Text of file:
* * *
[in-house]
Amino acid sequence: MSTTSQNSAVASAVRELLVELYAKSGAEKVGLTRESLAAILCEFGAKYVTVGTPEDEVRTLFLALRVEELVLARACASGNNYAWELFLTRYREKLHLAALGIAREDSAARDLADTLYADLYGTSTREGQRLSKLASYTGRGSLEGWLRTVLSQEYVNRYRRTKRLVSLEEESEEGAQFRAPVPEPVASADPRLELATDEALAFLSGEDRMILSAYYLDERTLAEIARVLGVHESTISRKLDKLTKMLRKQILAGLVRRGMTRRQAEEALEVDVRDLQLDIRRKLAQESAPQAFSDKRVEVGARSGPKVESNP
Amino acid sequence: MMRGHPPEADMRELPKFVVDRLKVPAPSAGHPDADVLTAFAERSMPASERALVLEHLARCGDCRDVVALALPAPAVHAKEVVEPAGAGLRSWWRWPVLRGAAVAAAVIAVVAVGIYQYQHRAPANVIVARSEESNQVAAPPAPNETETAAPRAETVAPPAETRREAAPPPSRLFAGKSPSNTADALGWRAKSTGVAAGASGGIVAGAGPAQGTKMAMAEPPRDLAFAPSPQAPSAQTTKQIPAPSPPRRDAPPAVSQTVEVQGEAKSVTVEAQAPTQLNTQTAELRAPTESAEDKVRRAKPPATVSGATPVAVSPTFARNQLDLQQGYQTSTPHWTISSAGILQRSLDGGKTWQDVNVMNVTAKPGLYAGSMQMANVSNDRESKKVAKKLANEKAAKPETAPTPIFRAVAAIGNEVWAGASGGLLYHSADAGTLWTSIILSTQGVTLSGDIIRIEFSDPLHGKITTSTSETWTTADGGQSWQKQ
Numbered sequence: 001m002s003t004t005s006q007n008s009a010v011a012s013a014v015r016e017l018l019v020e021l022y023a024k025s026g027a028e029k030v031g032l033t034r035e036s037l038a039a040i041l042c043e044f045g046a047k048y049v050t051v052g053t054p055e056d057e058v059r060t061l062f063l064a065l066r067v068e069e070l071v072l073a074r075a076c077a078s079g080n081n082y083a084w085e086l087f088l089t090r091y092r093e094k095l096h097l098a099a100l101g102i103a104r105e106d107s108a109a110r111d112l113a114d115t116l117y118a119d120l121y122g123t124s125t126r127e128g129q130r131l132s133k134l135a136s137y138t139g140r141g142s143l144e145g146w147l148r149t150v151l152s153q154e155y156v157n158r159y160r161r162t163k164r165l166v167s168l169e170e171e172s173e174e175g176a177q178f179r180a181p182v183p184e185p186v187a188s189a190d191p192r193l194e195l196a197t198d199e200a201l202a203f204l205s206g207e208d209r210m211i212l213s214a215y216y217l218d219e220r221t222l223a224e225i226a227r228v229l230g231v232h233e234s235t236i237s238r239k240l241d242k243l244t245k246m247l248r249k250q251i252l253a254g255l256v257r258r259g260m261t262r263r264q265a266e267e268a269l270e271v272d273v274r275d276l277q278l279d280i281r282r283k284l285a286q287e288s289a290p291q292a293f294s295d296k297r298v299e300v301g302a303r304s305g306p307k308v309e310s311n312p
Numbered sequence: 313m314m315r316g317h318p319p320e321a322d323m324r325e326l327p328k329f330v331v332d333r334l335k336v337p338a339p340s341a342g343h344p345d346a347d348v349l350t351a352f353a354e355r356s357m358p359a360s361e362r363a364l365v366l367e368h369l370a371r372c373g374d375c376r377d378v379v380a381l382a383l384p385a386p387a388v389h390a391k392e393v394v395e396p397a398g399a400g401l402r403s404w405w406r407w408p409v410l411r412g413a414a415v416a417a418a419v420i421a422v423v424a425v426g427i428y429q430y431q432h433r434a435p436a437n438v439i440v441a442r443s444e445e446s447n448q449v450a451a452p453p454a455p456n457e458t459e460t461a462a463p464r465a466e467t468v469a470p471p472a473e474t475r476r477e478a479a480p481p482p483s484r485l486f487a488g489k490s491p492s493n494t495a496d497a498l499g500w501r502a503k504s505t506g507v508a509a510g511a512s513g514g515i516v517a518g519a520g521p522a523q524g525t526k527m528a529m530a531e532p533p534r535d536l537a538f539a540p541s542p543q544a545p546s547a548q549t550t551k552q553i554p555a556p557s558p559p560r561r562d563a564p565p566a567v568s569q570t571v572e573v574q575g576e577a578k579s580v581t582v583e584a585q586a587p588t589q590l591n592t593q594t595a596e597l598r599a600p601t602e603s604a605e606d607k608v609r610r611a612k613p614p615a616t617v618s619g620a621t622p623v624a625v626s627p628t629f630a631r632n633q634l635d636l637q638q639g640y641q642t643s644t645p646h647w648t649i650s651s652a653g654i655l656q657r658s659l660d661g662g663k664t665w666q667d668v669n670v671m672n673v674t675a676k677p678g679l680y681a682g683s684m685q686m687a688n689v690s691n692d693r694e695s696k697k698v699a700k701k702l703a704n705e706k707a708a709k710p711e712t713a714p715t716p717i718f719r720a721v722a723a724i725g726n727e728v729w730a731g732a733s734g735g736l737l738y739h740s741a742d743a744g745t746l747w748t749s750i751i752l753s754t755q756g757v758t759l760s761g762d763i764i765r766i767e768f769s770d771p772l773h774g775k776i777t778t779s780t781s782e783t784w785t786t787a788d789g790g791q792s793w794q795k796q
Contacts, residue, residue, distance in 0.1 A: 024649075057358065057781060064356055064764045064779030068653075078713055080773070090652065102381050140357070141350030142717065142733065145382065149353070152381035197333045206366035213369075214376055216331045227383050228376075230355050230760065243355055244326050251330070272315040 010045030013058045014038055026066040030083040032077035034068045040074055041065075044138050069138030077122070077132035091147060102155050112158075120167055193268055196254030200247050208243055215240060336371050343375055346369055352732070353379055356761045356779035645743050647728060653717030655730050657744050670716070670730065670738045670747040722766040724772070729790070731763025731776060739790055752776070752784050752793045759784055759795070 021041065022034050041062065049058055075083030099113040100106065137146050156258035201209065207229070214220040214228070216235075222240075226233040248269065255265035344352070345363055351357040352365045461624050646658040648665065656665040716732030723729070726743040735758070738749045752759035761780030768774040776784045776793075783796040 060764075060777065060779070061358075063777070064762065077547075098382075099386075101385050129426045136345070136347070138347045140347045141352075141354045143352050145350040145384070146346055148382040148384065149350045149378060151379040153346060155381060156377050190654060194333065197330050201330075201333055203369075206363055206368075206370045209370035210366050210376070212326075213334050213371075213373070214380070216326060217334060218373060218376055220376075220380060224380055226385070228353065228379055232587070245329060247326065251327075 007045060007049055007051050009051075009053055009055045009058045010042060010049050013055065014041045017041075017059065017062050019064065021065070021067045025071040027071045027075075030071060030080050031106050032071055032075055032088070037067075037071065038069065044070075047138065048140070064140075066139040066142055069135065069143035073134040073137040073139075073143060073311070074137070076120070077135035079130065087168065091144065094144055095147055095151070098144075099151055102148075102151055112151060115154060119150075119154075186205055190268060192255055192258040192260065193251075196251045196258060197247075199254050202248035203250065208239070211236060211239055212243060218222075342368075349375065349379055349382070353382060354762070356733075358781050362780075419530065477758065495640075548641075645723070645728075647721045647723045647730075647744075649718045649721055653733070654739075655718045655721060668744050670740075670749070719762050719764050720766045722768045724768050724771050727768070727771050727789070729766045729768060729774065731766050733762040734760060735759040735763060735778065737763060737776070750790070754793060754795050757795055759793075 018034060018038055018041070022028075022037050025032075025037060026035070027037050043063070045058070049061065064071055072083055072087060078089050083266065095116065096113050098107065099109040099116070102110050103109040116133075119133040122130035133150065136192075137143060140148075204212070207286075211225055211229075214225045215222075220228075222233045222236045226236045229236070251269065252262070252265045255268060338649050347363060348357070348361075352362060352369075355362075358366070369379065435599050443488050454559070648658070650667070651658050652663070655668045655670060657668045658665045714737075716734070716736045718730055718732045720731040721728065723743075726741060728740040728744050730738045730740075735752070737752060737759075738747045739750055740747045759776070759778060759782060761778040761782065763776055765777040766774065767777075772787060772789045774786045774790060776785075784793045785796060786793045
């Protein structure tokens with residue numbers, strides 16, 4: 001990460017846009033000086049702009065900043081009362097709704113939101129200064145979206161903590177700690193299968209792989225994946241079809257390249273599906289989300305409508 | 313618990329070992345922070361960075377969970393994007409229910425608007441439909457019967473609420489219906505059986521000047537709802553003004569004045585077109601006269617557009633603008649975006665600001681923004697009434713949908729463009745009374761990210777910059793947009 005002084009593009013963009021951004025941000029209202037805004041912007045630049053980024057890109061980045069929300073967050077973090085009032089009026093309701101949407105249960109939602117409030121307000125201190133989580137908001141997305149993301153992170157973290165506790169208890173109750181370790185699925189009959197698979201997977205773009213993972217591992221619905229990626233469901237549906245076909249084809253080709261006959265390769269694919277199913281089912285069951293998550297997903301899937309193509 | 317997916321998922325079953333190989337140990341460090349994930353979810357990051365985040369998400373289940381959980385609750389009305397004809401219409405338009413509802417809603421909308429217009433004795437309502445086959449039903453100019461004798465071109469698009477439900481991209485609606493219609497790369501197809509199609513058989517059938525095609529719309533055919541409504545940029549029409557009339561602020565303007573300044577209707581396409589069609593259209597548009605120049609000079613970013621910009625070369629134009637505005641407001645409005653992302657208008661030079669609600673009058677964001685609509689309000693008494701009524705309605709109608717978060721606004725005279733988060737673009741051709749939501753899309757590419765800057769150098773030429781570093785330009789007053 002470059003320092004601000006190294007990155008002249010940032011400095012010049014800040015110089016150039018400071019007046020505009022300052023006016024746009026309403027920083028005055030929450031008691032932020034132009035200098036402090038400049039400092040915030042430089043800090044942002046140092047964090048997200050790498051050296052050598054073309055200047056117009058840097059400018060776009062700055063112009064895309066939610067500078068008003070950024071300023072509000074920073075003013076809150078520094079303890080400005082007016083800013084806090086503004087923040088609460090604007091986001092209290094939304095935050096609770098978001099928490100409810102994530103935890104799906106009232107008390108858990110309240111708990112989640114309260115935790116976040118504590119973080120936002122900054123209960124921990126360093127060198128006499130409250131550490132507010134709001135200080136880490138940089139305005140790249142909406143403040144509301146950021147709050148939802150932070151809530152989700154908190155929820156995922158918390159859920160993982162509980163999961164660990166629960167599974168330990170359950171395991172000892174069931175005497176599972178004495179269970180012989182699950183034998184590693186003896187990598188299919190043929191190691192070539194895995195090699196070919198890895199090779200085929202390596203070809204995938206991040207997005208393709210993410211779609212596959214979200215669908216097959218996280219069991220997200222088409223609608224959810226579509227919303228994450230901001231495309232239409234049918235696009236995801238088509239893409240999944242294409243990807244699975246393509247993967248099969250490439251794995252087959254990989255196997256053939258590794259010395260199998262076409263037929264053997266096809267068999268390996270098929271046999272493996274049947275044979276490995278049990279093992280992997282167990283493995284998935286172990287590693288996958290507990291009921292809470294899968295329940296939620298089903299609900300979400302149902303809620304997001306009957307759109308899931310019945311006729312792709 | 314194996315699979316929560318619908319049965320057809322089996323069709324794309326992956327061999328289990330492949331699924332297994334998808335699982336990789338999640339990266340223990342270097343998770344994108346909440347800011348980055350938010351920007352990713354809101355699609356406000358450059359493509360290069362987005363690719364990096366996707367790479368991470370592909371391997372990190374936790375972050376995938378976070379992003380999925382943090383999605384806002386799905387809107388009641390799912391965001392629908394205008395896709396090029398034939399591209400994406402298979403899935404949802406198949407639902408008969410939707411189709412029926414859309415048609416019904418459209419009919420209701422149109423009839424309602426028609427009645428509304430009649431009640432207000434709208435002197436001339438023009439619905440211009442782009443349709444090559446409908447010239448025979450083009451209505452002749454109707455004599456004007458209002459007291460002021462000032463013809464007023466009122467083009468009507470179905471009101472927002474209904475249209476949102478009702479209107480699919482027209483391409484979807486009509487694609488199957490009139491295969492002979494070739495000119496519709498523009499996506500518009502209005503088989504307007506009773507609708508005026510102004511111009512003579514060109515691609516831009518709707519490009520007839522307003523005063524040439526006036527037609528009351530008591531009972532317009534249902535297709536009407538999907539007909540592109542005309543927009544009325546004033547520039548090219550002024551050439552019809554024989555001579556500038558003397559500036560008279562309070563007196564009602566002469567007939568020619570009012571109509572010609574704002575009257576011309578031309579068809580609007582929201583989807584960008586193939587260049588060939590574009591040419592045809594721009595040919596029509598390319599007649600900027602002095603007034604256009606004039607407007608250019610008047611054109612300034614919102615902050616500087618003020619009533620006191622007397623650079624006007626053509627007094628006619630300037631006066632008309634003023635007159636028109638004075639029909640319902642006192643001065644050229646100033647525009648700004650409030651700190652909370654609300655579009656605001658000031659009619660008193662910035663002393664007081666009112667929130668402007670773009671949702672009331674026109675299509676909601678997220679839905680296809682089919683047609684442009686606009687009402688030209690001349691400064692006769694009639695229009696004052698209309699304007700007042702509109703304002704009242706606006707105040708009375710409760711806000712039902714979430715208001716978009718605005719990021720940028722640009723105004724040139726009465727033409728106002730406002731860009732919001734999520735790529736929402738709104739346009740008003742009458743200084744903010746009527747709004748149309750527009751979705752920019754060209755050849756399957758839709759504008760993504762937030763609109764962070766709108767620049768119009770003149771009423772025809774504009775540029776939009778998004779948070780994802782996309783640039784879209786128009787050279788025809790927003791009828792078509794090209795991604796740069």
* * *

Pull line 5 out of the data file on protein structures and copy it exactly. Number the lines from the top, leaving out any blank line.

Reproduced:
Numbered sequence: 313m314m315r316g317h318p319p320e321a322d323m324r325e326l327p328k329f330v331v332d333r334l335k336v337p338a339p340s341a342g343h344p345d346a347d348v349l350t351a352f353a354e355r356s357m358p359a360s361e362r363a364l365v366l367e368h369l370a371r372c373g374d375c376r377d378v379v380a381l382a383l384p385a386p387a388v389h390a391k392e393v394v395e396p397a398g399a400g401l402r403s404w405w406r407w408p409v410l411r412g413a414a415v416a417a418a419v420i421a422v423v424a425v426g427i428y429q430y431q432h433r434a435p436a437n438v439i440v441a442r443s444e445e446s447n448q449v450a451a452p453p454a455p456n457e458t459e460t461a462a463p464r465a466e467t468v469a470p471p472a473e474t475r476r477e478a479a480p481p482p483s484r485l486f487a488g489k490s491p492s493n494t495a496d497a498l499g500w501r502a503k504s505t506g507v508a509a510g511a512s513g514g515i516v517a518g519a520g521p522a523q524g525t526k527m528a529m530a531e532p533p534r535d536l537a538f539a540p541s542p543q544a545p546s547a548q549t550t551k552q553i554p555a556p557s558p559p560r561r562d563a564p565p566a567v568s569q570t571v572e573v574q575g576e577a578k579s580v581t582v583e584a585q586a587p588t589q590l591n592t593q594t595a596e597l598r599a600p601t602e603s604a605e606d607k608v609r610r611a612k613p614p615a616t617v618s619g620a621t622p623v624a625v626s627p628t629f630a631r632n633q634l635d636l637q638q639g640y641q642t643s644t645p646h647w648t649i650s651s652a653g654i655l656q657r658s659l660d661g662g663k664t665w666q667d668v669n670v671m672n673v674t675a676k677p678g679l680y681a682g683s684m685q686m687a688n689v690s691n692d693r694e695s696k697k698v699a700k701k702l703a704n705e706k707a708a709k710p711e712t713a714p715t716p717i718f719r720a721v722a723a724i725g726n727e728v729w730a731g732a733s734g735g736l737l738y739h740s741a742d743a744g745t746l747w748t749s750i751i752l753s754t755q756g757v758t759l760s761g762d763i764i765r766i767e768f769s770d771p772l773h774g775k776i777t778t779s780t781s782e783t784w785t786t787a788d789g790g791q792s793w794q795k796q